Monday, May 27, 2013



Well, as a reward for no longer feeling sick and my finger no longer hurting as bad, we decided to go on a hike up the volcano. It was supposed to last 7 hours. In the States, those times are greatly conservative. In Central America, those times are pretty optimistic.


So, we rose early and prepared a backpack with water to leave by 7am. We finally left with a group and a guide at 7:30. We were warned it was a 5km hike up to the lake, and there was about 3000 ft elevation gain. The first part was deceptively easy; the path was staired and an easy slope. After a kilometer or so, the path lost the stairs and started climbing steeply. The tree-density increased, and the water on the ground as well. As we climbed higher, we entered the clouds that normally cloak the mountain, creating a cloud forest.


DSC04052 See how cloudy it is? I couldn’t have my flash on because all the light would reflect back.

Walking through the cloud forest was interesting. It never really rained on us, but the water condensed on the leaves. Whenever there was a breeze or movement through the trees, big drops of water would fall down. Despite the lack of rain, there were puddles of water along the trail. With so many people climbing the path, the ground was quickly ground into a nasty mud. It was very difficult to avoid stepping in either it or the water and keep dry feet. Jonathan became very grateful for his waterproof hiking shoes, and I decided I needed to get a pair.


Towards the top, the path became ridiculous. If I hadn’t been in a group with a guide, I would not have continued up the path. There were areas where we literally had to use trees and vines to climb up a four-foot vertical embankment. And there where areas that were deceptively flat but with tons of small roots that were slicker than snot. I nearly fell several times going up.

We did see some interesting wildlife.

DSC04026 This guy’s throat bubbles out like a frog’s. We were quite surprised.

DSC04038 And, a cute little pokey-haired creature was around. He could climb a vine like a boss, I tell you.

DSC04046 There was a blue cicada that whirred loudly and sharply.

And at the top, we climbed down into the caldera where there was a small lake. At first you couldn’t see anything at all because of the clouds congregating there, but as we waited, a wind came up and cleared the area for a minute.


On the way down, between the exhaustion, mud, and water, it was as slow-going as it was going up. I actually did slip about 5 times. Did I mention that I am not very good at a going down? We finally arrived at the bottom at 4:30pm. We probably could have climbed up faster, but we were slowed by our group. And on the way down, Jonathan could have gone faster, but I couldn’t have. Our guide brags that he could climb to the top in 1 hour 10 minutes. Sounds like he pretty much runs up the path, I don’t know how he does it.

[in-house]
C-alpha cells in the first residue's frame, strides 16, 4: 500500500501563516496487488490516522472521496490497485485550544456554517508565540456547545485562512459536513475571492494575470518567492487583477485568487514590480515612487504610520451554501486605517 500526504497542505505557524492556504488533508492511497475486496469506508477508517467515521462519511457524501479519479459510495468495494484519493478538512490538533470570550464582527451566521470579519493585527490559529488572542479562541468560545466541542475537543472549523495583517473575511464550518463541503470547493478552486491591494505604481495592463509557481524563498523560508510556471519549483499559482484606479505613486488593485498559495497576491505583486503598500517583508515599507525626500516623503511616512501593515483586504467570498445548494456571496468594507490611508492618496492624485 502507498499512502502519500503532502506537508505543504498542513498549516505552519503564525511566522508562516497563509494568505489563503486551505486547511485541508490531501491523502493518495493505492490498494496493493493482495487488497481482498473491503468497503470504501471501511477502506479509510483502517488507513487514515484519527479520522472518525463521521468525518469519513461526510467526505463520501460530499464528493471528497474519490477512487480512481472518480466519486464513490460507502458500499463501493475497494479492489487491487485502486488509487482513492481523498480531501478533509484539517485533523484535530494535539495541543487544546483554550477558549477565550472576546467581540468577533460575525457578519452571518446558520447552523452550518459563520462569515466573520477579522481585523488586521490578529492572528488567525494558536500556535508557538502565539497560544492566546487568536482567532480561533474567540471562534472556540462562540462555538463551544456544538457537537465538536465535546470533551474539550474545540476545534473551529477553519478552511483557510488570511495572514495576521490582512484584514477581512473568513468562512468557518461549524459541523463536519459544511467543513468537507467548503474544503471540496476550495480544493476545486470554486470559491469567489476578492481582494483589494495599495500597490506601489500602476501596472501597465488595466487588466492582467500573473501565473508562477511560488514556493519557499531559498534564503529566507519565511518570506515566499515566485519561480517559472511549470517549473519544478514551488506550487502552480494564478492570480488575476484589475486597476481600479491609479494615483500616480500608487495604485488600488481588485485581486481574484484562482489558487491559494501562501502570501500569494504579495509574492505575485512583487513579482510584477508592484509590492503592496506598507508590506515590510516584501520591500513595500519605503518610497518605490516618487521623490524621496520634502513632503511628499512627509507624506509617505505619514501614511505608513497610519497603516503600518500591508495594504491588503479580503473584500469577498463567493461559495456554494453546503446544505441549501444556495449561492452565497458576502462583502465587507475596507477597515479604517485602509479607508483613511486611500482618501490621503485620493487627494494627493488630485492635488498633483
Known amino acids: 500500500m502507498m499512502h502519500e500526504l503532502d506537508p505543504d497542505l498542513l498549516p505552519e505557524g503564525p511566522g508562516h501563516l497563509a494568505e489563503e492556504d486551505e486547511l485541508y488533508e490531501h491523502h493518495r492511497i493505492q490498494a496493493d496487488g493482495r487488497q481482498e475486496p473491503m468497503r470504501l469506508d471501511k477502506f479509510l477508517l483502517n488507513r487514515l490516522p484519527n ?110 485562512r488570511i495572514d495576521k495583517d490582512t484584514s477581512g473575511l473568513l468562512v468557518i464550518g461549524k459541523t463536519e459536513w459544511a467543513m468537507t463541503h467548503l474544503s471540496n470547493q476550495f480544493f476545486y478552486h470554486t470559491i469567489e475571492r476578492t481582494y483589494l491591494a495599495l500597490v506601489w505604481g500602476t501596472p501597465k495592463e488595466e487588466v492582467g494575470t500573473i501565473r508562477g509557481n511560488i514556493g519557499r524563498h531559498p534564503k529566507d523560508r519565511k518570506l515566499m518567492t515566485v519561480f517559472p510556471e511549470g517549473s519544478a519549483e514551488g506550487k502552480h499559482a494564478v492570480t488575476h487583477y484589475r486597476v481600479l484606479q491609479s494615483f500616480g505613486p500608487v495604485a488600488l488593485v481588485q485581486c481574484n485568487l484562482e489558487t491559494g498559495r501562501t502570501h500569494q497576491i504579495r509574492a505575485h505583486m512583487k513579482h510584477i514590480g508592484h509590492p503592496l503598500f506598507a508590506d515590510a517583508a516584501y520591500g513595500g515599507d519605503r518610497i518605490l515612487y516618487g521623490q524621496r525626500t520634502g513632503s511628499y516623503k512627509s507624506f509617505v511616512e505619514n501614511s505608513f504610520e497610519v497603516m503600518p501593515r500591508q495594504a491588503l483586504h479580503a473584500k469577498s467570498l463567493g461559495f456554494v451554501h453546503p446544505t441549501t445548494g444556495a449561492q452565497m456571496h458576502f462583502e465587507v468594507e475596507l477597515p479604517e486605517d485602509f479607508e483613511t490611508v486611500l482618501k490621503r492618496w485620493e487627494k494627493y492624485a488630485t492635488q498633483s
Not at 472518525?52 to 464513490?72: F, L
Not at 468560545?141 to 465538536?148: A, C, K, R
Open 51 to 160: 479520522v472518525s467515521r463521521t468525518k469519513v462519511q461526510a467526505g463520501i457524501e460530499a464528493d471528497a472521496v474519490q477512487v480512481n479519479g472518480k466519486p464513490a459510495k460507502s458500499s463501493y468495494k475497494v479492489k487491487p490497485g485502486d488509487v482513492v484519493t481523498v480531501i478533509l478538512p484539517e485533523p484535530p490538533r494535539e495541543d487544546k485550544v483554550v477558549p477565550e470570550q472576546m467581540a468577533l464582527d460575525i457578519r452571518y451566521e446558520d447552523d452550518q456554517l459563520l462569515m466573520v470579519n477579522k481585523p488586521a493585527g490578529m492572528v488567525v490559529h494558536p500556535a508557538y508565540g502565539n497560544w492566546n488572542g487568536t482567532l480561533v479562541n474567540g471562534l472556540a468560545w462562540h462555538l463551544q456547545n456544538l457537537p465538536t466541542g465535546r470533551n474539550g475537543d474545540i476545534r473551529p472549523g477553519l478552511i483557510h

DSC04084 See how muddy and dirty I am? Especially the shoes. It took me two washes plus stain remover to get those stains out that shirt.

DSC04083 Jonathan only fell once, but slipping around, he managed to get quite a bit of mud on his legs.

In fact, I think we must be going a bit insane. Maybe it is from the Insanity exercises or maybe it is the heat or maybe it just requires more work to see interesting sites the farther we get from the States, but we seem to be going on longer and more strenuous hikes as we go along. Previously, we would not even have considered going on hikes longer than about 3 miles, definitely nothing longer than 3 hours. Now we have been on two 10-km hikes with increasing elevations. Well, we definitely decided not to do Insanity that night either, we had already done 9 hours of cardio and strength.


We took things a bit easier on Monday. We got some internet to catch up on things. Internet on the island is slow and expensive. We paid US$2/hr for internet there at the hostel. Then we took off on an 2-km total hike along the circumference of the mountain (not vertically) to check out the petroglyphs near the hostel.


The petroglyphs were interesting. Very whirling and circular. Reminded me a lot of Gurren Lagann and its association with spirals (shout out to anime fans). Is there some relation?

After that we took off and chilled at Ojo de Agua for a couple of hours. They had constructed some pools out of a natural volcanic spring (cold not warm, though). The guy at the entrance informed us in an animated, entertaining voice about the alleged healing power of the mineral waters. I very much enjoyed the oration, Jonathan just thought he was crazy.


We planned to head out early the next morning on the ferry. I wanted to make sure we knew the procedure and the location, so we went in search of the ferry at San José del Sur (instead of Moyogalpa where we got off) to see the setup there. Interestingly, there was no booth or anything there. The ferry was there when we pulled up, so I got up and talked to the crew. They said that we could just show up in the morning and pull on the ferry. We would pay on the boat. We made reservations with them for the 7:30am trip and left for our next campground at Posada Chico Largo.


No comments:

Post a Comment